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How Do Bees Fly?

Bee Flying

Scientists first realized that bees seem to flout the laws of mathematics in the 1930s. Calculations showed that their wings could not provide enough lift to get their bodies off the ground, but that didn’t stop bees from flying.

Have you ever wondered how bees fly and why is there all that buzzing? Buzzing is the sound of a bee’s beating wings.

Why Do Bees Buzz?

Bees buzz for two reasons. First, the rapid wingbeats of many species create wind vibrations that people hear as buzzes. The larger the bee, the slower the wingbeat and the lower the pitch of the resulting buzz.

Second, some bees, most commonly Bumble Bees, are capable of vibrating their wing muscles and thorax, the middle segment of their body, while visiting flowers — this is called buzz pollination. These vibrations shake the pollen off the flower's anthers and onto the bee's body.

Bumble Bees pollinate your tomato plants using buzz pollination. To read more: How Buzz Pollination Works

Bee Wing Anatomy

Bees have two sets of wings, one larger outer set and one smaller on each side of their body, which are held together with comb-like teeth called hamuli. These teeth allow the two wings to act as one large surface and help the bee create greater lift when flying.

The wings themselves are composed of three layers: (1) a transparent membrane on top and bottom supported by a network of veins that carry hemolymph (bee “blood”), (2) nerves and (3) breathing tubes.

Graphic of Bee Wing Structure
In each set of bee wings, the large and small wing is connected with hamuli

Bee wings exhibit a relatively simple pattern of venation, the pattern of longitudinal and transverse veins, compared to other more primitive insects. Veins are mechanical support of a wing, they help to overcome air resistance in flight. There are different longitudinal veins, partially branching, and longitudinal cross-linking to each other. Between the veins the thin transparent membranes are stretched.

Wings have other features that are harder to see. Hairs are often found on the outer surfaces, both above and below. The hairs vary in position, length, and density depending on the species. The forewings of bees have a stiffened area running along the front edge. Made of two parts called the pre-stigma and stigma, these reinforce the leading edge of the wing—the part that cuts through the air.

Flight Muscles

Within the bee thorax are two complete systems for moving wings. One system is known as the direct system, and the other as the indirect system.1 Although they work together, they control different movements.

The direct muscles attach to the wings themselves and allow the bee to move each wing independently. A bee can move her wings out —perpendicular to her abdomen—or back in, she can twist them forward and aft, she can move one over the other, or she can rest them over her back. These muscles are similar to those that control your arms and legs: you can move an extremity while holding the rest of your body completely still.

The second set — the indirect muscles —are not connected to the wings. Instead, they are attached to the insides of the thorax, which is actually quite flexible. Since the wings are outgrowths of the thorax, muscles that move the thorax also move the wings.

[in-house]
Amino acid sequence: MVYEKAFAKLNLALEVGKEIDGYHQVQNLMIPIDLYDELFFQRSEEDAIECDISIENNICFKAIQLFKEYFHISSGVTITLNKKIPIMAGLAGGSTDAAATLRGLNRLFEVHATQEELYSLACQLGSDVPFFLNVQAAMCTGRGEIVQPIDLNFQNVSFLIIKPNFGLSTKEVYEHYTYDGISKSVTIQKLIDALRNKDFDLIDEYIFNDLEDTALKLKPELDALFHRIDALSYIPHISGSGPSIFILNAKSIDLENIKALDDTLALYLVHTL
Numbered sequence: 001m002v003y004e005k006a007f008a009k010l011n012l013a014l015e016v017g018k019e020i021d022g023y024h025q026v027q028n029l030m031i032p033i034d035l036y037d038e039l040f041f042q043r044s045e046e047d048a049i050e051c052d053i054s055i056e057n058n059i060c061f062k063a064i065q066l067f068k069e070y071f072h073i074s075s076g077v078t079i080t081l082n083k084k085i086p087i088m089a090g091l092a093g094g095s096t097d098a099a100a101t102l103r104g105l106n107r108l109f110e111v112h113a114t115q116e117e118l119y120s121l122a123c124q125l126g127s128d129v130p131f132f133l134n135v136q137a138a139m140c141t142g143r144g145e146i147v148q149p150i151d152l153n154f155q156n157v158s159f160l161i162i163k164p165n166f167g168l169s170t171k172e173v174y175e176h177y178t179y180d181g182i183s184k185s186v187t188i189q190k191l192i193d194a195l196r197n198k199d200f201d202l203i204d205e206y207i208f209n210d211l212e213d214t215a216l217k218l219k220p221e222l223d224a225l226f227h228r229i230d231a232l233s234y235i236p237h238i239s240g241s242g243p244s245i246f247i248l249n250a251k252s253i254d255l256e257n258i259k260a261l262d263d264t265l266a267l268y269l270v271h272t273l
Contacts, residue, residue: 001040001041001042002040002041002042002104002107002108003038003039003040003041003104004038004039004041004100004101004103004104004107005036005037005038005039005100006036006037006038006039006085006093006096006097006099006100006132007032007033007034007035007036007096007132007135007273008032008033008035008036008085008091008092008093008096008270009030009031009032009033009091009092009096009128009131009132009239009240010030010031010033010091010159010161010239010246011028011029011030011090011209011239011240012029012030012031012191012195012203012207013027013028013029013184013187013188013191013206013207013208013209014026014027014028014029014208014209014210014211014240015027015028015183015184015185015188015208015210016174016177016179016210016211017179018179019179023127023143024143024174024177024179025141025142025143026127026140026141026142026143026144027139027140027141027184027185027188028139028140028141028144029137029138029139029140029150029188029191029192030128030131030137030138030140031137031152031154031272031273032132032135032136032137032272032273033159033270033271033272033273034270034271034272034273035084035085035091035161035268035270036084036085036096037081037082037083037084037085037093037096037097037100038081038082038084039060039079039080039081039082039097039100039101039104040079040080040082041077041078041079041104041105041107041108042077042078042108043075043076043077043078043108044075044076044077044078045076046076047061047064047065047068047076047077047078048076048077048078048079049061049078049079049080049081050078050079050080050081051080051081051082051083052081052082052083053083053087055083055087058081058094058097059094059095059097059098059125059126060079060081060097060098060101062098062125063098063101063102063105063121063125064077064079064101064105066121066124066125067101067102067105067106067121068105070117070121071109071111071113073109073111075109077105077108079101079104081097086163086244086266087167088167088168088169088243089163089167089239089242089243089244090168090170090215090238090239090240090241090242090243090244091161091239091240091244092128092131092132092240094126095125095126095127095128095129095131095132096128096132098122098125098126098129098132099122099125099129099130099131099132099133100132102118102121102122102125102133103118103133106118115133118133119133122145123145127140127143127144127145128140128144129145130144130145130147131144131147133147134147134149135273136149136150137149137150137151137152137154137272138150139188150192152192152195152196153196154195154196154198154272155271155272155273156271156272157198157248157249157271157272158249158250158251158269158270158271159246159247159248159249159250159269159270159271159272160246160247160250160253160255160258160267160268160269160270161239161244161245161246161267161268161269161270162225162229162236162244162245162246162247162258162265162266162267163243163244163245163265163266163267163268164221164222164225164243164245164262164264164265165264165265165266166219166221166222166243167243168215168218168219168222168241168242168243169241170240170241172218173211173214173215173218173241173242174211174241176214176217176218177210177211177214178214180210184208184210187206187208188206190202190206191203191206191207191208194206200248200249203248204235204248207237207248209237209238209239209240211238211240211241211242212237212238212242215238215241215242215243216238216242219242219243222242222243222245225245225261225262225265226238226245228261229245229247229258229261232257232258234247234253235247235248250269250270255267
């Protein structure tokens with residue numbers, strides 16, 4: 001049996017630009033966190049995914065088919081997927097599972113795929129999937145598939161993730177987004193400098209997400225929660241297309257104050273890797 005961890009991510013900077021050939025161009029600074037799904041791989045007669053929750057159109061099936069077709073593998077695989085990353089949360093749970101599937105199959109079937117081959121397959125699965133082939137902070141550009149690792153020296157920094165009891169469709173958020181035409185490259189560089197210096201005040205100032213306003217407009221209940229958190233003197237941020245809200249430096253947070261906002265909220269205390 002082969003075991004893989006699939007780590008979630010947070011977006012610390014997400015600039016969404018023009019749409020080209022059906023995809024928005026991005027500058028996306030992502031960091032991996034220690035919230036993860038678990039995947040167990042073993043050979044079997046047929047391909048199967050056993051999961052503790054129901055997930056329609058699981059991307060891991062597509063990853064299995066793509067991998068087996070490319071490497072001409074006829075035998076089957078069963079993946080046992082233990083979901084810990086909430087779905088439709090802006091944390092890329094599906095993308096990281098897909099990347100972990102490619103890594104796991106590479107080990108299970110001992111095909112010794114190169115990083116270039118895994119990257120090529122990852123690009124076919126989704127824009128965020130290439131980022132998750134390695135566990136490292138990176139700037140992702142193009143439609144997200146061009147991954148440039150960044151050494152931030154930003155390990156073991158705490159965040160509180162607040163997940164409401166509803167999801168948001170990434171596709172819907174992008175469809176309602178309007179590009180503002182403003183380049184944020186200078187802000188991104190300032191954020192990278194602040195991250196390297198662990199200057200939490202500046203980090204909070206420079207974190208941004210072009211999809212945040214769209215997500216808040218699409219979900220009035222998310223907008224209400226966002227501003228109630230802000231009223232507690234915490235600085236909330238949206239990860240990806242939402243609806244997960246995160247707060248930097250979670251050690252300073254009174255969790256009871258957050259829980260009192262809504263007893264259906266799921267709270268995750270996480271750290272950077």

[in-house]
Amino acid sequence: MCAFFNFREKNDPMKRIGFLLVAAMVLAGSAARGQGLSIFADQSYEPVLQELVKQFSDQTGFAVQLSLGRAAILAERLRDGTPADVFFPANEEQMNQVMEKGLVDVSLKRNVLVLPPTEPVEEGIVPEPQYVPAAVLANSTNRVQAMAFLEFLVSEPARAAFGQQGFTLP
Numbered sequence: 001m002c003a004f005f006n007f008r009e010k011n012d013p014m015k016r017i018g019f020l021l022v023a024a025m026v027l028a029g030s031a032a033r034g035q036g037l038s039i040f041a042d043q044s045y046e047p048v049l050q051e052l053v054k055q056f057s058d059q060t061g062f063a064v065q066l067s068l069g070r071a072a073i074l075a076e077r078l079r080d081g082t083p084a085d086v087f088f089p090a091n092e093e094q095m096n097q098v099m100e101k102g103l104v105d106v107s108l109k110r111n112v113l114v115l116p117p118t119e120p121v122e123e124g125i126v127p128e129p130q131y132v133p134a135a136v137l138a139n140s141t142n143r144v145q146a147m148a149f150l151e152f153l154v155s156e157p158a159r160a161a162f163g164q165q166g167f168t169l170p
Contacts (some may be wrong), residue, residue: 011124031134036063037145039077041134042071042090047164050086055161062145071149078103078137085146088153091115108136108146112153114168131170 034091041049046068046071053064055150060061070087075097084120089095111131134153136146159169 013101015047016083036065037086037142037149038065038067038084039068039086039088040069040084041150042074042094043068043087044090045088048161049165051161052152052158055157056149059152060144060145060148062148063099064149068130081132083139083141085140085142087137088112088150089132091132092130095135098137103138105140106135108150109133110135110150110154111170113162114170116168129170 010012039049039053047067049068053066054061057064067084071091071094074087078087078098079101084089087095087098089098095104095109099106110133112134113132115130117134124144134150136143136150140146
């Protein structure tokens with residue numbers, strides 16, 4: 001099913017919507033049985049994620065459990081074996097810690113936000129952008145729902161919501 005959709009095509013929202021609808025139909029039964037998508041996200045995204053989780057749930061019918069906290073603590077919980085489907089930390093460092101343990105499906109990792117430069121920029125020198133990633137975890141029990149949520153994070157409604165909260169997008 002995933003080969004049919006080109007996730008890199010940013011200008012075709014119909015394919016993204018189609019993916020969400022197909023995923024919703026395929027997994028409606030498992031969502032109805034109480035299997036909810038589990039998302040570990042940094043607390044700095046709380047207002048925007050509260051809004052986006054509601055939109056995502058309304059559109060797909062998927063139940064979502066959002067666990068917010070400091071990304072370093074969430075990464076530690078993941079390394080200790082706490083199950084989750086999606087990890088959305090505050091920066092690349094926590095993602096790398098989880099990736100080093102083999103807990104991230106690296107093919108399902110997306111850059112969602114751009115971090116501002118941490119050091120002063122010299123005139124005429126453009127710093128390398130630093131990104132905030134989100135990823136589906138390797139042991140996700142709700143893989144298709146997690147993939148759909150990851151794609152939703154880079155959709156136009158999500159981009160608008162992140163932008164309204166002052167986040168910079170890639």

Graphic of bee flight muscles

The indirect muscles come in two types, vertical and horizontal. Vertical muscles run from the top of the thorax to the bottom. When these muscles contract, the thorax compresses from top to bottom. When the thorax is compressed, it gets wider, forcing the wings up. These are sometimes called elevator muscles, since they elevate the wings.

The second set of muscles, the horizontal ones, run from the front of the thorax to the back. When these contract, the thorax becomes shorter from front to back but taller from top to bottom, which forces the wings down. Not surprisingly, these muscles are known as depressors.

When these two sets of indirect muscles work together, alternately contracting and relaxing, the bee’s wings are raised and lowered at an incredibly fast rate. In fact, the wings of a bee beat at about 250 cycles per second, faster than the nerve impulses can travel from the brain to the muscle.

How Bees Fly

Animation of bee flight

Understanding bee wings was key to figuring out how bees could fly. Their wings are not rigid, but twist and rotate during flight. Bee wings make short, quick sweeping motions front and back, front and back. This motion creates enough lift to make it possible for bees to fly.

Some other insects have a longer motion from front to back and a slower wing beat. The slower beat makes other insects more efficient, meaning they can get more lift with less work.

So why might bees use an inefficient way of flying? Scientists think that the style of flying bees use lets them carry heavy loads when needed. That ability comes in handy a lot for bees, who carry nectar and pollen from flowers back to the nest.

Graphic of bee wing movement in flight

Further Information:

 Wisconsin Bee Identification Guide
 Spring Wild Bees of Wisconsin
 Bumble Bees of Wisconsin
 Wild Native Bee Nest Boxes

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